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Racism hindering Mittal's Arcelor bid?
February 15, 2006
Billionaire businessman Lakshmi Narain Mittal has long been looked upon as the 'King of Steel'.
His company certainly holds the crown in terms of volume, but the only thing in the way of its clearly becoming the world's biggest force in the steel sector is the French company, Arcelor.
Some days ago, Mittal Steel tried to change that. It made an audacious Euro18.6 billion (over $22 billion) hostile bid for Arcelor. If the deal went through, it would be the steel industry's biggest merger. The result would have been a company with an output three times greater than its nearest rival, and annual net profits of $7.2 billion.
But the proposed tie-up has failed to go through, so far. There is fierce opposition from the Arcelor board, as well as several European politicians. In London, a columnist for The Guardian spoke of how the bid unleashed a new wave of 'economic patriotism,' adding that Mittal and his family were often portrayed as aliens -- 'the Indians' -- rather than as global entrepreneurs.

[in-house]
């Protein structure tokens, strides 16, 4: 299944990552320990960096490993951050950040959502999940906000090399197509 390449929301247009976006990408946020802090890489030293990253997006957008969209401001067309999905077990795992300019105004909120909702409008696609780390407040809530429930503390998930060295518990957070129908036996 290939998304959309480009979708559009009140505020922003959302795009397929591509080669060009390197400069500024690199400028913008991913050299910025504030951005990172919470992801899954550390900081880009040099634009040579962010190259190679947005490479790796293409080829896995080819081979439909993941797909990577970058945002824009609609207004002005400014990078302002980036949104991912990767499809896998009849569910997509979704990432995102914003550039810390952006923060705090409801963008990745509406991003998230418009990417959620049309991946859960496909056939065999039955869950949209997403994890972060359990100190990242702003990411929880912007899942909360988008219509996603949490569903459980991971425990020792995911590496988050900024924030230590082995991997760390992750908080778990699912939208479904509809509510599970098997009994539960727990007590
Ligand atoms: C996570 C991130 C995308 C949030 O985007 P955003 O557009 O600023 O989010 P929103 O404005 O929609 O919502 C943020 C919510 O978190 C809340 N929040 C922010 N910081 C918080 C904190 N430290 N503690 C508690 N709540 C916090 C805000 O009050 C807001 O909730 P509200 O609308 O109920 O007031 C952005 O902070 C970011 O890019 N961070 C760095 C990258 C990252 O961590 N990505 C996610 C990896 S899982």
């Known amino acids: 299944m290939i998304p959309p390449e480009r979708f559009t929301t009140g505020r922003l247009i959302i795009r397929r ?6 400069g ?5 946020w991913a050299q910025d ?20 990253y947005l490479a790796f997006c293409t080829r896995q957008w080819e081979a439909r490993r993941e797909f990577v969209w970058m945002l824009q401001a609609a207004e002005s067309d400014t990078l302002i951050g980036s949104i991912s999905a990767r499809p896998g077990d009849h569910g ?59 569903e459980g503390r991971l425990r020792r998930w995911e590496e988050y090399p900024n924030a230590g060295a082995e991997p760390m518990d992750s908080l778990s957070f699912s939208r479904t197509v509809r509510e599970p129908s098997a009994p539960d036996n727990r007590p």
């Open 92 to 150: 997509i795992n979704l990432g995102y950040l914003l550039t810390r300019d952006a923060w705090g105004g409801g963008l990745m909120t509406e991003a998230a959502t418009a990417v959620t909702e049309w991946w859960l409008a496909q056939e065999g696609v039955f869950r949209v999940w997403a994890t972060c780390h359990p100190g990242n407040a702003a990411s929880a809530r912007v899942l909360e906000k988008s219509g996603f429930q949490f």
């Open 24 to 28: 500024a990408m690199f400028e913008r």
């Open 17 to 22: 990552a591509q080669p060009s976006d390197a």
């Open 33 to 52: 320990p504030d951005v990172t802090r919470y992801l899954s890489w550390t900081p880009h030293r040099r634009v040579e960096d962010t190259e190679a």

Do you think the bid betrays the developed world's double-standards? While calling for higher foreign investment in the emerging world, it is still unprepared to open its own markets to the buying power of a foreign company. Arcelor French Chief Executive Guy Dolle went so far as to compare his company's steel to perfume, and Mittal's to mere eau de cologne.
India has accused European governments of discrimination and warned that their intervention could derail fragile global trade talks. Do you agree with the government's stance? Is the rejection of the Mittal bid a clear indication of racism? Or is this just about one company refusing to sell out to another? Tell us what you think.